Documents in the NTIS Technical Reports collection are the results of federally funded research. They are directly submitted to or collected by NTIS from Federal agencies for permanent accessibility to industry, academia and the public.  Before purchasing from NTIS, you may want to check for free access from (1) the issuing organization's website; (2) the U.S. Government Printing Office's Federal Digital System website http://www.gpo.gov/fdsys; (3) the federal government Internet portal USA.gov; or (4) a web search conducted using a commercial search engine such as http://www.google.com.
Accession Number ADA562378
Title Revelations in Haiti: The Side Effects of New Priorities for Remotely Piloted ISR Aircraft.
Publication Date 2011
Media Count 9p
Personal Author J. Haley
Abstract The RQ-4 Global Hawk, MQ-1 Predator, and other remotely piloted intelligence, surveillance, and reconnaissance (ISR) platforms typically perform combat missions to defeat improvised explosive devices or locate and neutralize enemy forces. However, the US response to the devastating earthquake near Port-au- Prince, Haiti, on 12 January 2010 challenges the paradigm that ISR simply counteracts threats.1 In response to the Haiti disaster, the international community initiated a massive recovery and relief effort.2 The United States alone deployed more than 22,000 military personnel, 30 ships, and 300 aircraft in support of Operation Unified Response.3 The deployed aircraft included several manned and remotely piloted ISR platforms. Unified Response was the first international deployment of remotely piloted ISR assets in support of a humanitarian operation although some of these assets assisted domestically after Hurricane Katrina.4 The RQ-4 and MQ-1 provided time-critical imagery support and overwatch for military and civilian relief workers in Haiti. However, use of these military assets to support humanitarian operations complicates future decisions regarding their employment. A complication emerges when remotely piloted aircraft (RPA) tackle problems beyond their traditional roles of finding, fixing, tracking, and engaging targets. Specifically, such a new role gives policy makers, war fighters, and the public a different perspective of ISR. Providing humanitarian support via remotely piloted ISR platforms contests the established paradigm by creating debate about when and how to employ these assets. Unified Response reveals that the United States can respond to international humanitarian operations with ISR aircraft whenever decision makers choose to do so. Consequently, the operation demonstrates that the ISR community must be prepared to conduct these operations with the necessary manpower, support, and equipment.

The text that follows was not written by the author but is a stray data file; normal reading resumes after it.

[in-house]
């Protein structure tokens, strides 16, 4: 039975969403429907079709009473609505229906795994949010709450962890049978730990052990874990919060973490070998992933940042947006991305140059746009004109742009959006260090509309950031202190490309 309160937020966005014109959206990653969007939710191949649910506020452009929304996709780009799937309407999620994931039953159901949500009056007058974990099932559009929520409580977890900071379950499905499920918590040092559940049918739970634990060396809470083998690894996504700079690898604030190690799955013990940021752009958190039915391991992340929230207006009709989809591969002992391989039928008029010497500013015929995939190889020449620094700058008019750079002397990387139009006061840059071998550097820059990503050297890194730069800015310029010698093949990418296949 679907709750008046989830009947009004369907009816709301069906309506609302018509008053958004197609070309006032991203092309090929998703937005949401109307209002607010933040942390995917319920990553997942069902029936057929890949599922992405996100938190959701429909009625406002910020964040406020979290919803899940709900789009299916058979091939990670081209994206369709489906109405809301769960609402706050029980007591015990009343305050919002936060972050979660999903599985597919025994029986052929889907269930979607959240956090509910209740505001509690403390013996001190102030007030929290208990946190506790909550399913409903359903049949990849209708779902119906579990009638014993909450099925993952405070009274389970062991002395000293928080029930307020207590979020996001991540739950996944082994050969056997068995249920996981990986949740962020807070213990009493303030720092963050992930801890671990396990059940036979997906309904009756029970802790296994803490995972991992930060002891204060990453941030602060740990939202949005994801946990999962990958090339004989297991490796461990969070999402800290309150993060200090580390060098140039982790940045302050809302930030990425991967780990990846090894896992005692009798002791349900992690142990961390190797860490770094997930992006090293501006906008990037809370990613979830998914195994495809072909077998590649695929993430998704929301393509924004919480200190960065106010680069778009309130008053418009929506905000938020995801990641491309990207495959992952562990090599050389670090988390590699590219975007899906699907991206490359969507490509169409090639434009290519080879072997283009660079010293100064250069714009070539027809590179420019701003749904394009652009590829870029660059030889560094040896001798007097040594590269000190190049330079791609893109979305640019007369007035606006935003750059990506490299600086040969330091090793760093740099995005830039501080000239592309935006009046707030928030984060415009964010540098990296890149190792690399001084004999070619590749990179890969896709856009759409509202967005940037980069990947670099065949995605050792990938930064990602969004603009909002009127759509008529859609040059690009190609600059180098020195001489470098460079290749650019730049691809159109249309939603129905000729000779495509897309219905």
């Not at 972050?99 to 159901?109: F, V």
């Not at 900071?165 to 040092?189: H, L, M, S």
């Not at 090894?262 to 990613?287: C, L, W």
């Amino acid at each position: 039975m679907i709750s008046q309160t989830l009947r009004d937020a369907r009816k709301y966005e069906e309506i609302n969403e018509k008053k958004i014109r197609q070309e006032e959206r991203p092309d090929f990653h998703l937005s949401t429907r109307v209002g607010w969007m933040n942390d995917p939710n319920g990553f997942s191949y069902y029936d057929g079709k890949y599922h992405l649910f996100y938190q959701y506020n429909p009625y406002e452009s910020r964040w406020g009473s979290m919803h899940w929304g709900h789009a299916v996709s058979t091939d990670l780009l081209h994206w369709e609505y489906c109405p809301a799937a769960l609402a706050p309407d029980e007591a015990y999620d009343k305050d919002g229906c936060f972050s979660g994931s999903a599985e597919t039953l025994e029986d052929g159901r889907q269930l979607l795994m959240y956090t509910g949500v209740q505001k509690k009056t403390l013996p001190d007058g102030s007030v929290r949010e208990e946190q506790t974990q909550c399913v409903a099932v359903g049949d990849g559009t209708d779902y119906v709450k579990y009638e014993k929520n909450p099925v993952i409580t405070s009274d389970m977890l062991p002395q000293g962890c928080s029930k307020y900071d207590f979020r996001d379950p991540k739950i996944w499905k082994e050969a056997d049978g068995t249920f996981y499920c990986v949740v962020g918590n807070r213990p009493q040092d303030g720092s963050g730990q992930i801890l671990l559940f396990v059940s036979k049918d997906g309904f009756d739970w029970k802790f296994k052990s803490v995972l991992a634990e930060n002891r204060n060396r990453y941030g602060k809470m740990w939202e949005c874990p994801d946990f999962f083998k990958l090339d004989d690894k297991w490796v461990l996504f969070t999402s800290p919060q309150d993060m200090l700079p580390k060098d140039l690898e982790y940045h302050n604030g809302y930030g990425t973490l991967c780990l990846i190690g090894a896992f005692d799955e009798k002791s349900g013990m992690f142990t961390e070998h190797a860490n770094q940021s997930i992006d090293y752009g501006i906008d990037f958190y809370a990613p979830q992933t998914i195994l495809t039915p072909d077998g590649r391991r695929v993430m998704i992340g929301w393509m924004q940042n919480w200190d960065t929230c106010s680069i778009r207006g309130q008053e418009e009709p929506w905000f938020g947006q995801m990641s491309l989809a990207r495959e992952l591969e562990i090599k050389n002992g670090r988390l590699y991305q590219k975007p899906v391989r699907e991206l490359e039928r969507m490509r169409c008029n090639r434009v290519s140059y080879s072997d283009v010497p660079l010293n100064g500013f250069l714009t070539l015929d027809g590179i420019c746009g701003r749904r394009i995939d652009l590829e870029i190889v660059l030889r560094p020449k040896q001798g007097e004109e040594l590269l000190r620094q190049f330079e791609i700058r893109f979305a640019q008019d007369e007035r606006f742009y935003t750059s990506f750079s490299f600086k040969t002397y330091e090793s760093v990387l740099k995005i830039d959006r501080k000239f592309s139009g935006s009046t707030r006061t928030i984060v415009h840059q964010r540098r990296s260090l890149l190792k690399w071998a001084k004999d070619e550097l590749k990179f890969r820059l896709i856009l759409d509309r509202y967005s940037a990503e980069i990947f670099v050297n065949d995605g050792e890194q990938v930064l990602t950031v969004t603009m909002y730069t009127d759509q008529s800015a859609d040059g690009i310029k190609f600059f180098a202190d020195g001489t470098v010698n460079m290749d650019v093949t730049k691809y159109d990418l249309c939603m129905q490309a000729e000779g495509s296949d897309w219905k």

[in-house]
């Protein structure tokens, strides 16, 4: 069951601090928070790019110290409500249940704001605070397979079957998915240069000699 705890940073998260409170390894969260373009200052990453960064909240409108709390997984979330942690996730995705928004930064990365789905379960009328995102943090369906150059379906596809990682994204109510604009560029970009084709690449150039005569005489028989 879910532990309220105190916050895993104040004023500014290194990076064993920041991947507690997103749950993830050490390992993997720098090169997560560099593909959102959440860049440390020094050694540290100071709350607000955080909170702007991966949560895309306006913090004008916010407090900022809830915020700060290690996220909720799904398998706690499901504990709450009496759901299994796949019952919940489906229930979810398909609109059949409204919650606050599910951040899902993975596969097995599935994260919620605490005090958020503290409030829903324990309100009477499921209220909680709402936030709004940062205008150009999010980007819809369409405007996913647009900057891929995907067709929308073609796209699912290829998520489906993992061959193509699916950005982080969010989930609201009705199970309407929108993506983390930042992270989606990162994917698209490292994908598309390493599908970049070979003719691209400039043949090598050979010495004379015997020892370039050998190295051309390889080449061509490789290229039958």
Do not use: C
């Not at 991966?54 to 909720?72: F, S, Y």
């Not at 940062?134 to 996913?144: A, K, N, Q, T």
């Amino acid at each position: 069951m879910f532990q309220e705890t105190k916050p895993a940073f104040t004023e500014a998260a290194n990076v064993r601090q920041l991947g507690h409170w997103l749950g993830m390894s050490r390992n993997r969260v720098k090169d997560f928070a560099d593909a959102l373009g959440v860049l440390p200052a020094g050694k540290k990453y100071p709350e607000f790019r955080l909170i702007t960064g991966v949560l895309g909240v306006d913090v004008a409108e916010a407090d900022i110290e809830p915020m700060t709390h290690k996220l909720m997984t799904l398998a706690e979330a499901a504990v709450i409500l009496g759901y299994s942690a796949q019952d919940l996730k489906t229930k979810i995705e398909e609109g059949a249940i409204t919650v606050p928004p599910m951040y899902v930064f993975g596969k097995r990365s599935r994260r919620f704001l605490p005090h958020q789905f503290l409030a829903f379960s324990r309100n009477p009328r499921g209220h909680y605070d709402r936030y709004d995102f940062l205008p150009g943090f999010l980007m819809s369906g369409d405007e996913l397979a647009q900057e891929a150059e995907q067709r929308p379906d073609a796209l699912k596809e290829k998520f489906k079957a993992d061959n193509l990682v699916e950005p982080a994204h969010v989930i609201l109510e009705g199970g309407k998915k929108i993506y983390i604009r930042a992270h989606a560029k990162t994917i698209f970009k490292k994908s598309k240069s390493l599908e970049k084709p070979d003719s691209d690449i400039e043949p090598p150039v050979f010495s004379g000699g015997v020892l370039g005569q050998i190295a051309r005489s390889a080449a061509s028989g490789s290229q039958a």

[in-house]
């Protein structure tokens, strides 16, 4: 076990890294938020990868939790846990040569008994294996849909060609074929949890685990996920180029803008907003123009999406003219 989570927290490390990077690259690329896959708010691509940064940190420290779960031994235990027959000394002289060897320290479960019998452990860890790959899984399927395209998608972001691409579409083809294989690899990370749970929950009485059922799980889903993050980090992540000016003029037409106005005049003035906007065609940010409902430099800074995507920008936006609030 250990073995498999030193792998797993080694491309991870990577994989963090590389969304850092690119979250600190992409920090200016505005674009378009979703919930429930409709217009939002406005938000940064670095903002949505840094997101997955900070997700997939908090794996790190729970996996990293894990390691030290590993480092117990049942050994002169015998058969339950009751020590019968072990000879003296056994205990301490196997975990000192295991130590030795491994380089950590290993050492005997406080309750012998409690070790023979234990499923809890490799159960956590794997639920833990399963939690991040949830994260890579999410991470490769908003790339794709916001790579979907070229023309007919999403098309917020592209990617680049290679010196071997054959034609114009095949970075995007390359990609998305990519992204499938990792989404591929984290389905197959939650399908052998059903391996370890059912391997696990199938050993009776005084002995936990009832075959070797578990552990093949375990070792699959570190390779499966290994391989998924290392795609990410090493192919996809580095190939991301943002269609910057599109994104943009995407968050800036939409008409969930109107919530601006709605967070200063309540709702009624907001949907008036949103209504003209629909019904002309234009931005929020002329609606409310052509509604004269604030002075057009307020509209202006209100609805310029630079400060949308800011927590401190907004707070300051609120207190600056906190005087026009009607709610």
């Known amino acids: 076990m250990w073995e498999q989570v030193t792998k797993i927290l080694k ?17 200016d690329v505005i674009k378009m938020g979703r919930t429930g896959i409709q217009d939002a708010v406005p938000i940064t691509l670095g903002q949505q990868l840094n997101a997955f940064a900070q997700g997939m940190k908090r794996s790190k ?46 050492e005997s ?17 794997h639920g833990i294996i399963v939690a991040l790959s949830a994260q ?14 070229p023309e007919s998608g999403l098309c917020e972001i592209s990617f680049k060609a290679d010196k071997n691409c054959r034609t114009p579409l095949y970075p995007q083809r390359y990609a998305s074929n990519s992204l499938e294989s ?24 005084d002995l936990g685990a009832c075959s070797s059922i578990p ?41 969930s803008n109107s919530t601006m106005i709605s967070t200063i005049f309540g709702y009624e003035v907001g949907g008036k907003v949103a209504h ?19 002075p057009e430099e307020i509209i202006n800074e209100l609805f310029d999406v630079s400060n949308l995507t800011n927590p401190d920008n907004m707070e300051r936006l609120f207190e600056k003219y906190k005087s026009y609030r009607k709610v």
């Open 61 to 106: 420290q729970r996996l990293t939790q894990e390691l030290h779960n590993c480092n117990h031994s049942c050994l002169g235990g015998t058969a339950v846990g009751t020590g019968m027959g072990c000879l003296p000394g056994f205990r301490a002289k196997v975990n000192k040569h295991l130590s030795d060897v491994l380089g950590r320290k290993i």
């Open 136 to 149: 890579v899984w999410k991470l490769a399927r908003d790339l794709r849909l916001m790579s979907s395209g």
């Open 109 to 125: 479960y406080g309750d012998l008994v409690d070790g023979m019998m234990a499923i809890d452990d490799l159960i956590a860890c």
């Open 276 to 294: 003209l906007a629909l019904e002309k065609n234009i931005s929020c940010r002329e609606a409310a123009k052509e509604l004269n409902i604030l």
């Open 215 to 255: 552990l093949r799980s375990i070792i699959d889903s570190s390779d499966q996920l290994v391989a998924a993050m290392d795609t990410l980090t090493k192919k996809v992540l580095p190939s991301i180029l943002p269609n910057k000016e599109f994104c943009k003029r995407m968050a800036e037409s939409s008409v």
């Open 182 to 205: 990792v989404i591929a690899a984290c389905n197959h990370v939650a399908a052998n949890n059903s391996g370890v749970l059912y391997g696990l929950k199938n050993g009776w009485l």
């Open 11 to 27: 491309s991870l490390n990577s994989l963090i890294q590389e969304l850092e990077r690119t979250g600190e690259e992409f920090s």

Keywords Aircraft
Decision making
Deployment
Earthquakes
Employment
Global hawk
Haiti
Humanitarian assistance
Hurricanes
International
Jet fighters
Mq-1 aircraft
Operation
Platforms
Policies
Predator
Remotely piloted vehicles
Reprints
Response
Rq-4 aircraft
Targets
Warfare


 
Source Agency Non Paid ADAS
NTIS Subject Category 51C - Aircraft
74F - Military Intelligence
Corporate Author Air Univ., Maxwell AFB, AL. Air Force Research Inst.
Document Type Journal article
Title Note Journal article.
NTIS Issue Number 1225
Contract Number N/A

Science and Technology Highlights

See a sampling of the latest scientific, technical and engineering information from NTIS in the NTIS Technical Reports Newsletter

Acrobat Reader Mobile    Acrobat Reader